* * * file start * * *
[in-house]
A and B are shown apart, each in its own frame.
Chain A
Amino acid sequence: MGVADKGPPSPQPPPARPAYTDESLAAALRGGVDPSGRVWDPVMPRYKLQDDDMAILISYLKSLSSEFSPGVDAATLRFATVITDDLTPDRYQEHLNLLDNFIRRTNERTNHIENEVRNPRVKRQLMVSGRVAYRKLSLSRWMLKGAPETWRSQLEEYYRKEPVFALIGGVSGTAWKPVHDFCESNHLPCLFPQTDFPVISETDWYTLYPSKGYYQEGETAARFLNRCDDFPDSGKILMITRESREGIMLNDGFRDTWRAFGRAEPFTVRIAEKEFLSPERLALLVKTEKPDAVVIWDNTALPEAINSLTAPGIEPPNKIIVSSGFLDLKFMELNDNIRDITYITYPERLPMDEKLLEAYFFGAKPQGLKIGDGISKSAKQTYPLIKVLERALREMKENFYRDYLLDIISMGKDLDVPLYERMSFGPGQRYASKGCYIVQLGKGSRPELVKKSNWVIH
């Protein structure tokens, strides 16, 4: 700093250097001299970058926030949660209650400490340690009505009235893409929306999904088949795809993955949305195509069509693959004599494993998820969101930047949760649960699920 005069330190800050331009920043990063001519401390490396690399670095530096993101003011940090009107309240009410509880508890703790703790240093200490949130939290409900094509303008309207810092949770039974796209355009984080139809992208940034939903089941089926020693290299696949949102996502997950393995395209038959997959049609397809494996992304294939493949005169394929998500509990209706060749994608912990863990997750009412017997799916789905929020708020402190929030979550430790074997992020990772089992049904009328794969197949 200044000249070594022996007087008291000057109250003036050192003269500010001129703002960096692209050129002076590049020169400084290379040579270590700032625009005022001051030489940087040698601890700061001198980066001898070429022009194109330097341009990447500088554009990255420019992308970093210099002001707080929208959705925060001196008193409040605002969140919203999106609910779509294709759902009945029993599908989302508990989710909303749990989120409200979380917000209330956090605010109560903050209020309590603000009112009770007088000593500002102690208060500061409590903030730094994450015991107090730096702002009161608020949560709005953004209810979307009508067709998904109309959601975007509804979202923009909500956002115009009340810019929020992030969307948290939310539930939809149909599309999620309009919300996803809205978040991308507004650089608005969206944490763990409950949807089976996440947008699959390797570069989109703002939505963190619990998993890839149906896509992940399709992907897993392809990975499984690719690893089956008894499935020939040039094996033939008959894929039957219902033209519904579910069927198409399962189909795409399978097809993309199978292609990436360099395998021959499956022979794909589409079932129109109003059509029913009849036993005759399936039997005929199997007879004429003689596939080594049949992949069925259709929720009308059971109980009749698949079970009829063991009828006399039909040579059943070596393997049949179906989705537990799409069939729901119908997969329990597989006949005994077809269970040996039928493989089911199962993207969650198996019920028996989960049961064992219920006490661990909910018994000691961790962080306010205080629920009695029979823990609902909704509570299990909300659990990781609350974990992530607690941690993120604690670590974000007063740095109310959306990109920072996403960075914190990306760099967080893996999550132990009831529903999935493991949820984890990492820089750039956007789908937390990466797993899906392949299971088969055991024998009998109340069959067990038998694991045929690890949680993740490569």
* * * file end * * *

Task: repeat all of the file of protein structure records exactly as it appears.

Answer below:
[in-house]
A and B are shown apart, each in its own frame.
Chain A
Amino acid sequence: MGVADKGPPSPQPPPARPAYTDESLAAALRGGVDPSGRVWDPVMPRYKLQDDDMAILISYLKSLSSEFSPGVDAATLRFATVITDDLTPDRYQEHLNLLDNFIRRTNERTNHIENEVRNPRVKRQLMVSGRVAYRKLSLSRWMLKGAPETWRSQLEEYYRKEPVFALIGGVSGTAWKPVHDFCESNHLPCLFPQTDFPVISETDWYTLYPSKGYYQEGETAARFLNRCDDFPDSGKILMITRESREGIMLNDGFRDTWRAFGRAEPFTVRIAEKEFLSPERLALLVKTEKPDAVVIWDNTALPEAINSLTAPGIEPPNKIIVSSGFLDLKFMELNDNIRDITYITYPERLPMDEKLLEAYFFGAKPQGLKIGDGISKSAKQTYPLIKVLERALREMKENFYRDYLLDIISMGKDLDVPLYERMSFGPGQRYASKGCYIVQLGKGSRPELVKKSNWVIH
């Protein structure tokens, strides 16, 4: 700093250097001299970058926030949660209650400490340690009505009235893409929306999904088949795809993955949305195509069509693959004599494993998820969101930047949760649960699920 005069330190800050331009920043990063001519401390490396690399670095530096993101003011940090009107309240009410509880508890703790703790240093200490949130939290409900094509303008309207810092949770039974796209355009984080139809992208940034939903089941089926020693290299696949949102996502997950393995395209038959997959049609397809494996992304294939493949005169394929998500509990209706060749994608912990863990997750009412017997799916789905929020708020402190929030979550430790074997992020990772089992049904009328794969197949 200044000249070594022996007087008291000057109250003036050192003269500010001129703002960096692209050129002076590049020169400084290379040579270590700032625009005022001051030489940087040698601890700061001198980066001898070429022009194109330097341009990447500088554009990255420019992308970093210099002001707080929208959705925060001196008193409040605002969140919203999106609910779509294709759902009945029993599908989302508990989710909303749990989120409200979380917000209330956090605010109560903050209020309590603000009112009770007088000593500002102690208060500061409590903030730094994450015991107090730096702002009161608020949560709005953004209810979307009508067709998904109309959601975007509804979202923009909500956002115009009340810019929020992030969307948290939310539930939809149909599309999620309009919300996803809205978040991308507004650089608005969206944490763990409950949807089976996440947008699959390797570069989109703002939505963190619990998993890839149906896509992940399709992907897993392809990975499984690719690893089956008894499935020939040039094996033939008959894929039957219902033209519904579910069927198409399962189909795409399978097809993309199978292609990436360099395998021959499956022979794909589409079932129109109003059509029913009849036993005759399936039997005929199997007879004429003689596939080594049949992949069925259709929720009308059971109980009749698949079970009829063991009828006399039909040579059943070596393997049949179906989705537990799409069939729901119908997969329990597989006949005994077809269970040996039928493989089911199962993207969650198996019920028996989960049961064992219920006490661990909910018994000691961790962080306010205080629920009695029979823990609902909704509570299990909300659990990781609350974990992530607690941690993120604690670590974000007063740095109310959306990109920072996403960075914190990306760099967080893996999550132990009831529903999935493991949820984890990492820089750039956007789908937390990466797993899906392949299971088969055991024998009998109340069959067990038998694991045929690890949680993740490569």